One of the UK's fastest growing cities, Leeds is an increasingly bright beacon for the lawyers of tomorrow.
For many, Leeds is famous for football and for its part in the War of the Roses, the 30-year-old battle between Lancashire and Yorkshire. But its history and its present are more storied than a resurgent football club and a medieval war. It’s the birthplace of First World War Prime Minister Henry Herbert Asquith, X-ray technology, the first-ever British ISP, and the oldest running commercial railway in the world. It’s also one of the homes of Womble Bond Dickinson, which operates across 27 offices. In this series we spoke with partners and solicitors practising at various of the firm’s UK offices to dive deeper into the firm’s ‘local, national, and international’ mantra, and to gain a greater understanding of what life is like in the UK regions. On this occasion we caught up with partner Andy Stirk and associate Beth Kalischer, both based in the firm’s office in Leeds.
In the Leeds City Region, there are more than 1,560 legal companies – including 28 of the UK’s top 100 law firms – all generating nearly £1 billion per year for the locality. WBD’s Andy Stirk doesn’t find this surprising. “Leeds has always been a strong legal sector,” he says, “and it still attracts quality candidates.” Where historically the city was dominated by the so-called ‘Big Six’ firms, WBD arrived in Leeds less than a decade ago and now sits at the table of a thriving legal market. “We have a positive reputation here,” notes Beth Kalischer. “You have the traditional ‘Big Six’ but we compete with them for all work.” Stirk adds that where once Womble Bond was perceived as “a challenger brand,” the firm has now established itself as “a full legal service provider in Leeds.” The firm garners praise in the Yorkshire region from our colleagues at Chambers UK, who commend the firm’s strengths in lower mid-market corporate/M&A, IP, planning, restructuring/insolvency, banking and finance, and real estate.
“Leeds has always been a strong legal sector and it still attracts quality candidates.”
In the legal scene and beyond, Leeds is a city on the rise.2017 research showed the Leeds legal sector is growing faster than that of any other UK city, outperforming London and Manchester. Findings in 2018 predicted the city’s £64.6 billion economy to increase by 21% in the next decade, with the city among the strongest in country for urban growth. And as of 2020, research found that the region has seen 48% growth in digital sector employment over the last three years, outstripping London and all other regions in the UK. These figures and more have prompted many commentators to suggest the London-centric tide might be turning. “Leeds as a city has previously undersold itself for a variety of reasons,” finds Stirk, “but excellent work comes out of Leeds and it is now starting to promote its successes.”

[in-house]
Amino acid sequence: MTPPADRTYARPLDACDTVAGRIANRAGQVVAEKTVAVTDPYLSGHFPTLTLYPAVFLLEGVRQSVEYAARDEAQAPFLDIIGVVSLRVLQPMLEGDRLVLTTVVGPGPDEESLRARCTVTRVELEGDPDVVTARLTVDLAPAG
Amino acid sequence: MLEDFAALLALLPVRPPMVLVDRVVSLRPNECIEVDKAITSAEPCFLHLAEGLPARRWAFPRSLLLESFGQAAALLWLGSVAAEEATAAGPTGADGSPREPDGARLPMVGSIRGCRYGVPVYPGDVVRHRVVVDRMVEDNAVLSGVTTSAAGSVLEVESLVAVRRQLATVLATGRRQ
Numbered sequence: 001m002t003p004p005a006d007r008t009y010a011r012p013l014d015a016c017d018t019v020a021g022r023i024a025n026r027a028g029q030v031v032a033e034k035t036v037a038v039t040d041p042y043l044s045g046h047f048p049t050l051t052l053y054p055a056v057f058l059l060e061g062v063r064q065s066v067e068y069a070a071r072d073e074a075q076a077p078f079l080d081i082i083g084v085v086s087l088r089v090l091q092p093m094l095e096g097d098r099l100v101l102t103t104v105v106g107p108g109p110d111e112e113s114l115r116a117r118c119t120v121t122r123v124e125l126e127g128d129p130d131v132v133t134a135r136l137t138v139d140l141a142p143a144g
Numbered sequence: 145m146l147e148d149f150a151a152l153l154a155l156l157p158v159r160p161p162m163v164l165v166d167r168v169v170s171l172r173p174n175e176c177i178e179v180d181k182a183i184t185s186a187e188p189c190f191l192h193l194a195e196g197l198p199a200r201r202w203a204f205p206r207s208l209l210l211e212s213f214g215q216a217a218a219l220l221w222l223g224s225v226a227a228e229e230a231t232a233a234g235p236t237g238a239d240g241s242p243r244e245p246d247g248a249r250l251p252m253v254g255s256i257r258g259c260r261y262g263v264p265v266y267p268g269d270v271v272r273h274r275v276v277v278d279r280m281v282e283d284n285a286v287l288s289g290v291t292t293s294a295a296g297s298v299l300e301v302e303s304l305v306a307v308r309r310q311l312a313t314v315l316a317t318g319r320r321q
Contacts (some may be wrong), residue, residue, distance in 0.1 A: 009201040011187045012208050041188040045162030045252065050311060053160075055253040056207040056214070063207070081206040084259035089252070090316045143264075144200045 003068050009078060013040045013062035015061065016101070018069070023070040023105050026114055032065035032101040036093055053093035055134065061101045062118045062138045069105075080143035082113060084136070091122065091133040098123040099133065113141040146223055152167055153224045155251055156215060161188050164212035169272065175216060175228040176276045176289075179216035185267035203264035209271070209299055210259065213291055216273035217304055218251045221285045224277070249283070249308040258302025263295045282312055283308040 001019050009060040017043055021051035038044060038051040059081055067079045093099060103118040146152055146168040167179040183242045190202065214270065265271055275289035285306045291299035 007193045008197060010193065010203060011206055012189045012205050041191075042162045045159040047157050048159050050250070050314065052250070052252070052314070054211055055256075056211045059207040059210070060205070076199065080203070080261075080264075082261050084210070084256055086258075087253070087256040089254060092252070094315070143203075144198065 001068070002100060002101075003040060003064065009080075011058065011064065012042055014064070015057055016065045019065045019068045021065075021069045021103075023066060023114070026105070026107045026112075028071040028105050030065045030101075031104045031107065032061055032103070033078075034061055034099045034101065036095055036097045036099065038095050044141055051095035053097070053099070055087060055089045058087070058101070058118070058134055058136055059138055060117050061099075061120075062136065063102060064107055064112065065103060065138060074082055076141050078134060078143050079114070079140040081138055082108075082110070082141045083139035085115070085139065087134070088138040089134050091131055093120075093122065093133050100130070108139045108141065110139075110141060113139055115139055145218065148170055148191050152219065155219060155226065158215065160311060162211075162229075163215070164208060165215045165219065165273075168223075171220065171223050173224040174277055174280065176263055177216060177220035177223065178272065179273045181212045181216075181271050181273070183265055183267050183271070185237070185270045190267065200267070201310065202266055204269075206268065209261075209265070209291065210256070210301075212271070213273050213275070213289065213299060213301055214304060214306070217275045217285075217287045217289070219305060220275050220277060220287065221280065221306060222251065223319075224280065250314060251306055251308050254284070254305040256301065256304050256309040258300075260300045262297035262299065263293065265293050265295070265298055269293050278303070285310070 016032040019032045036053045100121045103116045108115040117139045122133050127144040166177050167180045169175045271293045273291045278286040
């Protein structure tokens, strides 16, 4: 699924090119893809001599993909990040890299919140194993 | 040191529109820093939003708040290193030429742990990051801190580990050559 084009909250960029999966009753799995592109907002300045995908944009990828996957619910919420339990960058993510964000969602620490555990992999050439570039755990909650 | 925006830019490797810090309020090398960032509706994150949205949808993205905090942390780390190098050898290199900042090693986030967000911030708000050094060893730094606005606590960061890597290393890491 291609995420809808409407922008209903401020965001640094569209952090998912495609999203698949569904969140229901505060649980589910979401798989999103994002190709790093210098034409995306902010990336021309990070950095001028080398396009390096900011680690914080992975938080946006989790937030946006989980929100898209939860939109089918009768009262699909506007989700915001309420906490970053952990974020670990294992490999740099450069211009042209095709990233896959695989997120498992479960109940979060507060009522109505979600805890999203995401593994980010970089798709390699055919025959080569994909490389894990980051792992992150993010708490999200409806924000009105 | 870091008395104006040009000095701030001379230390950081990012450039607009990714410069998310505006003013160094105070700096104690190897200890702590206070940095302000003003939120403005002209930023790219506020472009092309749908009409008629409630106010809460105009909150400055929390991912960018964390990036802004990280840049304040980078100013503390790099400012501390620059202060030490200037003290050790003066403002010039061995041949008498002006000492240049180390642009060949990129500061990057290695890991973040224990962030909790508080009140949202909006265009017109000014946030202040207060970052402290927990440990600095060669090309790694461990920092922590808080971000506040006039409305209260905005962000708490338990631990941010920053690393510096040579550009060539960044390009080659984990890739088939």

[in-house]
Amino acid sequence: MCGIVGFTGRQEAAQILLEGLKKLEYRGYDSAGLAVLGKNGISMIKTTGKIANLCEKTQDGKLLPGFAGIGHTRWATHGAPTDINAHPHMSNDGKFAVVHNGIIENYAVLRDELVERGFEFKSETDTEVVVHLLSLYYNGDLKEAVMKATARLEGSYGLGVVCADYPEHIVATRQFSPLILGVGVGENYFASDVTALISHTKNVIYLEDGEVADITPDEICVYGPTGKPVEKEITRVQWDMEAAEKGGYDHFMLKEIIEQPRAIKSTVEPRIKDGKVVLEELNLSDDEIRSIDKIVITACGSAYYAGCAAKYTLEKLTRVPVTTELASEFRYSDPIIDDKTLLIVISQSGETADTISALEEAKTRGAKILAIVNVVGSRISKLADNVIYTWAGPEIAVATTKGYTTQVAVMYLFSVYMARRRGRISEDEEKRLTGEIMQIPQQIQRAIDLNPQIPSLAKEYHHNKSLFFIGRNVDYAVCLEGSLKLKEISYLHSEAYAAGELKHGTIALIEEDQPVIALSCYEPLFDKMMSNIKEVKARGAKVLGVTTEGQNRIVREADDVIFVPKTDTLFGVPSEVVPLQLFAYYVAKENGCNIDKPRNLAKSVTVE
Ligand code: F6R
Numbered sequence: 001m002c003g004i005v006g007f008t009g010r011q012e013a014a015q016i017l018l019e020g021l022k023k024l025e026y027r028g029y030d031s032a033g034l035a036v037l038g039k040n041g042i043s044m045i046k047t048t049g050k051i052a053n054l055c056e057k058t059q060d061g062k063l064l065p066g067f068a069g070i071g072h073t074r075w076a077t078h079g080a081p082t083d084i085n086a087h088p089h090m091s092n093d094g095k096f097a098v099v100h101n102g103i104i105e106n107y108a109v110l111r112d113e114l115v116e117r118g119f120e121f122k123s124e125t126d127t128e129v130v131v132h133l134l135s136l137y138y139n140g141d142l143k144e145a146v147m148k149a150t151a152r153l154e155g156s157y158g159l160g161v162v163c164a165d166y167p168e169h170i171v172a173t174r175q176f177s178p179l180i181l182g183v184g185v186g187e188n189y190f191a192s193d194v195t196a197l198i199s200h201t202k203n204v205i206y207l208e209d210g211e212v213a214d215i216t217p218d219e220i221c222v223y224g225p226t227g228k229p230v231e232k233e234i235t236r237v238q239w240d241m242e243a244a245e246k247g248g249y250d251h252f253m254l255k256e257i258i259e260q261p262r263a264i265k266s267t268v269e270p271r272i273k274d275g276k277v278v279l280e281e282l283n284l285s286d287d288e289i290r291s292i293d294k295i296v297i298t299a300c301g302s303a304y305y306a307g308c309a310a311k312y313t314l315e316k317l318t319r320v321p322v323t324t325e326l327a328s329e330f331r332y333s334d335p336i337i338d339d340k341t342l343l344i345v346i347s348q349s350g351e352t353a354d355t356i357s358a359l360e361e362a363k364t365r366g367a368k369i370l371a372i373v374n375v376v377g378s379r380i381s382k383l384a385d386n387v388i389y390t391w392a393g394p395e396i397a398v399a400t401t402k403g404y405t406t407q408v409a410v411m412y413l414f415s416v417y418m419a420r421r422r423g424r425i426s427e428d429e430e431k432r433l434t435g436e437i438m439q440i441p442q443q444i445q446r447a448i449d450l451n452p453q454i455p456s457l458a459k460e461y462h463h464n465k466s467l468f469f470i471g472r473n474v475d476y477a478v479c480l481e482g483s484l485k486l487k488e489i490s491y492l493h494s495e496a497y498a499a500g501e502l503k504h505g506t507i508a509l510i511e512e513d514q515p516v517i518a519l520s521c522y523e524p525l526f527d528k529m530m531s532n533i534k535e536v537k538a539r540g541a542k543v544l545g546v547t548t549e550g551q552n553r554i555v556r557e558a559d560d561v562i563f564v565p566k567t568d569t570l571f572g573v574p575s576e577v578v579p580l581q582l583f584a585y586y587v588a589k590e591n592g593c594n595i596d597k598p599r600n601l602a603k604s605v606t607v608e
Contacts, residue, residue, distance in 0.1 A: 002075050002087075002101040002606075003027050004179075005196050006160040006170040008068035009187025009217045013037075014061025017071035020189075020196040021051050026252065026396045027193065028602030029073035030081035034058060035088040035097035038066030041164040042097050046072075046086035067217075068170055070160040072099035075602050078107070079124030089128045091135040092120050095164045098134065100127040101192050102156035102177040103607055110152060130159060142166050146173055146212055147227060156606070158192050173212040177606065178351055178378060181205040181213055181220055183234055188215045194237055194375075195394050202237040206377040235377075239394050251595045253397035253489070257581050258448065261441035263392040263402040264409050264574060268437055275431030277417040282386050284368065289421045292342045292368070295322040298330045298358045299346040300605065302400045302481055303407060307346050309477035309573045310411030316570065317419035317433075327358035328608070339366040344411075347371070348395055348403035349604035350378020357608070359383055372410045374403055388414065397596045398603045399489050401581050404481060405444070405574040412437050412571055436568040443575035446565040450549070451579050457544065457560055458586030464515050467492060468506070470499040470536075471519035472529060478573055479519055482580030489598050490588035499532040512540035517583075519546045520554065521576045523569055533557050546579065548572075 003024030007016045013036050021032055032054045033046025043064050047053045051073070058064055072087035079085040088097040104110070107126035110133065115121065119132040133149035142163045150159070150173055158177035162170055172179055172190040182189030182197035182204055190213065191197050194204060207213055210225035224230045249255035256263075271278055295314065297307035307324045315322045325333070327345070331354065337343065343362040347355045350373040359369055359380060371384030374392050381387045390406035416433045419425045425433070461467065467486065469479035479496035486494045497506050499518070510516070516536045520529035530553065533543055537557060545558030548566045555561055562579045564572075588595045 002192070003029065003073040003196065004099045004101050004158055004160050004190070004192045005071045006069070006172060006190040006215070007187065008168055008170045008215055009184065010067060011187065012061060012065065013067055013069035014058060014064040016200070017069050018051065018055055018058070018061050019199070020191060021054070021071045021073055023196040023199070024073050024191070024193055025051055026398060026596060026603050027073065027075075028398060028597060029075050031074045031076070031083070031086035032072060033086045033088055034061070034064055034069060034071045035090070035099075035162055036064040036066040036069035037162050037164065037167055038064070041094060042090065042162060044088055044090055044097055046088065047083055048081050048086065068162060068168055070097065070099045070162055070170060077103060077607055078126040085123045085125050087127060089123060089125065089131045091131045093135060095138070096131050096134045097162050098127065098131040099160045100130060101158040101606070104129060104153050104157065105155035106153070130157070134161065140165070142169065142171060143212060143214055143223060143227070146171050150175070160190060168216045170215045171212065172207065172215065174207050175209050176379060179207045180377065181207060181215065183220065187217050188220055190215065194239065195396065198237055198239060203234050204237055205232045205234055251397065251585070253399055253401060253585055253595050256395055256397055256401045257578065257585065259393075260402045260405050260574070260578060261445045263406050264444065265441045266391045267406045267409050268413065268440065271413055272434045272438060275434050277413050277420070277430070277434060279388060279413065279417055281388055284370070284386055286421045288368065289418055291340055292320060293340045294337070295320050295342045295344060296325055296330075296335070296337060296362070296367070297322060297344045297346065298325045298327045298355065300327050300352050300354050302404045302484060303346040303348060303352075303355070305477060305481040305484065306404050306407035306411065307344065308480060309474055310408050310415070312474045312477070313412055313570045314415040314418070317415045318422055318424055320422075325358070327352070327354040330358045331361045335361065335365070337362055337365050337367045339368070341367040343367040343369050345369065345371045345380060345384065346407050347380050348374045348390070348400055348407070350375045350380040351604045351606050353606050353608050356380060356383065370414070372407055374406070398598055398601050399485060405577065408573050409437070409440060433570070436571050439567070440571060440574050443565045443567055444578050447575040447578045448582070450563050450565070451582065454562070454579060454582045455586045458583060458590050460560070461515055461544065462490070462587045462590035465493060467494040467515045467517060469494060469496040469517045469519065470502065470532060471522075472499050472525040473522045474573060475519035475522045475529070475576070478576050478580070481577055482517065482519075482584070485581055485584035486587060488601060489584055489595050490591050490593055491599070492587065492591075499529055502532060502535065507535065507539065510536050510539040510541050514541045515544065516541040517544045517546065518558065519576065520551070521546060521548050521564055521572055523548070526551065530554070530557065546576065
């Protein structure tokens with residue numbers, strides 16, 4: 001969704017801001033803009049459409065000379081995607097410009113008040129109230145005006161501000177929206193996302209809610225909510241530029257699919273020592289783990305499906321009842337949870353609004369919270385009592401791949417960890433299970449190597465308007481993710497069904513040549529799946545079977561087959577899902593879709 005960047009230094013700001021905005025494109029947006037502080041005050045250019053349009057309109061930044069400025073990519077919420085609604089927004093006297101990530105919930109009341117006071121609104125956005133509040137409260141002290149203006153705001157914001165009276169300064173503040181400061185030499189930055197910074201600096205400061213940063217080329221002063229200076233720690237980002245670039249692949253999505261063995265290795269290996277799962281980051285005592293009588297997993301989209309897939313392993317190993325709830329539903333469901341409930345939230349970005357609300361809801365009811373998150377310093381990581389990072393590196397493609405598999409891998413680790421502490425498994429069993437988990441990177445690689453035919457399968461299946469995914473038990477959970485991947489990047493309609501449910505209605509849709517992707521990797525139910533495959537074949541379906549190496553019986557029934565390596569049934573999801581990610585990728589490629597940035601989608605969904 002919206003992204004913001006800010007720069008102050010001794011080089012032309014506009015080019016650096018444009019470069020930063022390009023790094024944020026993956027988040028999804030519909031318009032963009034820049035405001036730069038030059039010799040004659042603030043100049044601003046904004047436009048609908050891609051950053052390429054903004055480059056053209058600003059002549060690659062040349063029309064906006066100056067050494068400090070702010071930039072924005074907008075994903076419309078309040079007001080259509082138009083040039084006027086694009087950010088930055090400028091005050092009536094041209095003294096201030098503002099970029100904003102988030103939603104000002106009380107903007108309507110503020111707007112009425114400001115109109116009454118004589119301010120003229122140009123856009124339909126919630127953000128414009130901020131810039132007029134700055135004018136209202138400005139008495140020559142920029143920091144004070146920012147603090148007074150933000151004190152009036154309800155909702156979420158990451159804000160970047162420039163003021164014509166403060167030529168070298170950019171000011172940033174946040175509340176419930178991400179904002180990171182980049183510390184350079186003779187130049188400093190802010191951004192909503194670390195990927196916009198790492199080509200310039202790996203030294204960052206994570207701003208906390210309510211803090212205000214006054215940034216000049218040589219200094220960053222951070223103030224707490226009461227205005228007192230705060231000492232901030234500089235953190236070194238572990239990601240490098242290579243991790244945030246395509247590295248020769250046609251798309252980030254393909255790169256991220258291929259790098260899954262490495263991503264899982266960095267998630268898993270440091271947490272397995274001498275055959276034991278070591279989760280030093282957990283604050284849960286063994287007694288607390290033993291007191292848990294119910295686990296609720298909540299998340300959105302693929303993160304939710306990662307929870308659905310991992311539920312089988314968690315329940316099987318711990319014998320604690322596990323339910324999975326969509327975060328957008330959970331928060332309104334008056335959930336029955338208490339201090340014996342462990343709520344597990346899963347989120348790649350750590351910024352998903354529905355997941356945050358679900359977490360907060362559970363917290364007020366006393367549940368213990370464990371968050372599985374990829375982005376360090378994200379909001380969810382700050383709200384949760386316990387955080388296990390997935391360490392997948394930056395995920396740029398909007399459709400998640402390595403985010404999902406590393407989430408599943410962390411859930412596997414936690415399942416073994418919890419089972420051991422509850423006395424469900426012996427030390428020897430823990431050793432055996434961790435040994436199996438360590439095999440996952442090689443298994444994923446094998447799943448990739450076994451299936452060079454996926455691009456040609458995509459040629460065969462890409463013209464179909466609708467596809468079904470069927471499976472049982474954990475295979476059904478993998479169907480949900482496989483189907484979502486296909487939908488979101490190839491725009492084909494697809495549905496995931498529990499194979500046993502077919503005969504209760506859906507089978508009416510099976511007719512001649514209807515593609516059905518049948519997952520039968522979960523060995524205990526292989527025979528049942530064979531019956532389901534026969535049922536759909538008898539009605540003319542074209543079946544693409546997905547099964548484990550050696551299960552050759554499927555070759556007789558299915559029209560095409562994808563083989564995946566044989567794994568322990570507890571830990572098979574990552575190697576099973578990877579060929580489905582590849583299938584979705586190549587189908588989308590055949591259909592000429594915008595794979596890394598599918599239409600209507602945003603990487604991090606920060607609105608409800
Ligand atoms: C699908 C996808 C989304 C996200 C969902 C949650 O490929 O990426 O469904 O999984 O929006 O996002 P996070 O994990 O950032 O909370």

“The city is constantly growing with new things regularly being built and opened,” adds Kalischer. For Stirk, this evolution can be pinpointed to choices made in the mid-noughties. “Decisions were made to grow Leeds to be appealing for city living,” he finds. “The development of Trinity Shopping Centre was a big moment in changing the fabric and image of the city.” Ushering in big name brands and retail working opportunities, “the Centre grew the city’s appeal for businesses coming to Leeds.” Stirk also adds that the emergence of more dynamic industries and sectors, coupled with newer opportunities for skilled graduates, makes Leeds “100% more appealing” than when he applied in the late 90s. “The city didn’t work back then; these changes have significantly shaped the make-up of Leeds.”
As growth begets growth, Stirk finds “the development and investment in Leeds has been instrumental” in attracting headline-grabbing clientele to the region over recent years. 2017 saw the Cabinet Office announce plans to centralise HMRC in Leeds. Channel 4 relocated its operation to the Yorkshire city, as did Sky Betting and Gaming who launch their new HQ in Leeds in 2021. “There’s so much going on in the city,” adds Kalischer. “It’s really growing.”
“The city didn’t work back then; these changes have significantly shaped the make-up of Leeds.”